But Bennett would enjoy his greatest success with the hauntingly beautiful “I Left My Heart in San Francisco,” which was written by George Cory and Douglas Cross, two young songwriters from Brooklyn Heights. Interestingly, it was first titled “When I Return to San Francisco,” and then changed to “When I Come Home,” almost a decade before it was recorded by Bennett. Claramae Turner, an opera singer, was the first to record it. It was also pitched to country singer Tennessee Ernie Ford, who passed on it. 

Some industry leaders strongly encouraged Bennett not to record the song because they said it would be artistic suicide to record such a sentimental ballad. Once again, Bennett followed his own instincts and proved them wrong, turning his performance into a signature song that endured for over 60 years. Interestingly, however, the song barely broke the Top-20 on the pop chart, reaching only No. 19, but it has sold over 14 million records and won Bennett his first Grammy Award for Best Male Solo Vocal Performance. It also won the Grammy for Record of the Year. The song is the consummate definition of romance and a performance by Bennett that remains untouchable. But despite his self-proclaimed love for the city by the bay, he said that he loved Astoria more than any place he had lived. 

The 1970s proved to be a more trying decade for Bennett. He left Columbia Records in 1972 and was signed to the Verve label. When that didn’t work out, he started his own Improv jazz label, releasing some critically acclaimed but poorly performing albums. The label closed in 1977 leaving Bennett nearly bankrupt, with the IRS attempting to seize his property in Los Angeles, where he was living at the time. Additionally, in 1971 his first marriage to artist Patricia Beech, to whom he had been married since 1952, and had two children with, son D’Andrea “Danny” Bennett and daughter Daegal “Dae” Bennett, ended in divorce. 

That same year he married actress Sandra Grant, and they had two daughters, Joanna and Antonia, before the marriage ended in 1984. After a near-fatal drug overdose in 1979, he turned to his son, Danny, who eventually signed on as his manager. Bennett kicked his drug habit and got his finances in order, re-signed with Columbia, moved back to New York and resumed doing more than 200 shows a year. He married third wife, Susan Crow, in 2007, and thanks to the career resurgence orchestrated by Danny Bennett, his star shined brighter than ever. 

All in all, Bennett charted 52 singles between 1951 and 2011, including 18 in the Top-20, seven in the Top-10 and three No. 1 hits. In addition, his biggest selling albums include “I Left My Heart in San Francisco,” “MTV Unplugged: Tony Bennett,” “Duets: An American Classic,” and “Duets II,” all of which were certified platinum by the RIAA. He has also recorded albums specifically dedicated to his musical heroes, such as his tribute to Frank Sinatra, “Perfectly Frank,” and albums of songs by Billie Holiday, Duke Ellington, and Ella Fitzgerald. And in 2001, he won a Grammy Lifetime Achievement Award. 

Lady Gaga and Tony Bennett pose in the press room after winning the Grammy for Best Traditional Pop Vocals for their album “Cheek to Cheek” during the 57th annual Grammy Awards in Los Angeles, California on February 8, 2015. AFP PHOTO / FREDERIC J. BROWN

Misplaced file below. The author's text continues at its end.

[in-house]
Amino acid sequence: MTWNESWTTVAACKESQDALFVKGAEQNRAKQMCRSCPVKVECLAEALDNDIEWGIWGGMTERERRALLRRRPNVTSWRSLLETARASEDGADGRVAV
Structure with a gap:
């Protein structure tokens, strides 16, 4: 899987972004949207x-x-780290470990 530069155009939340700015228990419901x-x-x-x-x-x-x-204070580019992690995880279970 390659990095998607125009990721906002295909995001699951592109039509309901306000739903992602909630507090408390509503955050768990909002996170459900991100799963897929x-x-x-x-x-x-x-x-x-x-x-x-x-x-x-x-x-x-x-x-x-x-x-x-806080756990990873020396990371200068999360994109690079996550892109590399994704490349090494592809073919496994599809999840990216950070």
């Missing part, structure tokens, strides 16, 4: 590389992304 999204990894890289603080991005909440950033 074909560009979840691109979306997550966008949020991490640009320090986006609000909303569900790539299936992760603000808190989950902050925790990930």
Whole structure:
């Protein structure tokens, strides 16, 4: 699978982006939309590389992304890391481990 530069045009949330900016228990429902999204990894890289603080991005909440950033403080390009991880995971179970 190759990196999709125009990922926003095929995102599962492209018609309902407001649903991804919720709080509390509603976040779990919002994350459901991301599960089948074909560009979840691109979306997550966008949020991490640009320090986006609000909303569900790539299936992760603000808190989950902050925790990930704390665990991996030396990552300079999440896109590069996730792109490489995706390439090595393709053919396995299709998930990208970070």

In 2011 Bennett recorded his last charting single, “Body and Soul,” with the late Amy Winehouse, an artist who claimed Bennett as her own musical hero. And in 2014 Bennett teamed up for the first time with Joanne Angelina Germanotta, better known as Lady Gaga, for the platinum-selling duet album “Cheek to Cheek,” and once again in 2021 they teamed up for the album “Love for Sale,” his last recorded studio album. 

Bennett’s strong emphasis on faith led him to record classic Christmas albums including the multi-platinum 1968 “Snowfall: The Tony Bennett Christmas Album” and 2011’s “The Classic Christmas Album,” which featured inspirational standards such as “Silent Night,” “What Child is This” and “O Come All Ye Faithful.” 

In a 1965 Life magazine interview, Frank Sinatra said of Bennett: “For my money, Tony Bennett is the best singer in the business. He excites me when I watch him. He moves me. He’s the singer who gets across what the composer has in mind, and probably a little more.” 

In 2001, Bennett approached Vallone and then Mayor Rudy Giuliani with a request to open a school for gifted and talented students in music and the arts in Astoria. “Together we came up with a plan to fund such a school,” explained Vallone, who was able to help secure $51 million for the school that Bennett helped design. 

“The important thing I want to mention that nobody else knows is that I told him that we were going to name it the Tony Bennett School of the Arts,” explained Vallone. He said, ‘No we’re not, I don’t want it to be named after me. Frank Sinatra was my mentor and I loved the guy and he was a good friend, so I want to name it the Frank Sinatra High School of the Performing Arts.’ ” 

Vallone continued, “I said that I liked Frank Sinatra very much but he had nothing to do with the school, and your name will attract everybody. He just said, no, no, no. I said, we’ll call it the Tony Bennett-Frank Sinatra School of the Arts High School. He said no again. I said, OK Tony, we’ll call it the Frank Sinatra-Tony Bennett School, and he said, absolutely not, this is important to me Peter, so I gave in. And the best I could do was name the street after him, Tony Bennett Plaza.” 

Bennett was a tireless civil rights activist, and at the request of Harry Belafonte, he marched alongside Dr. Martin Luther King Jr. from Selma to Montgomery, Alabama, in 1965. He also was an acclaimed painter who used his real name, Anthony Benedetto, to sign his canvases. 

In 2016 Bennett was diagnosed with Alzheimer’s but continued to perform, and while his memory faded the songs never left him. And so, in the end, the last of the so-called saloon singers recorded over 70 albums, earned 20 Grammy Awards, and received the prestigious Kennedy Center Honors in 2005. 

Bennett’s life was a study in humility, courage, and resilience. From his humble “rags to riches” childhood in Astoria to walking a boulevard paved with platinum dreams, Tony Bennett’s musical legacy will live on for generations to come. And while he famously sang about “The Good Life,” his was certainly a life well lived.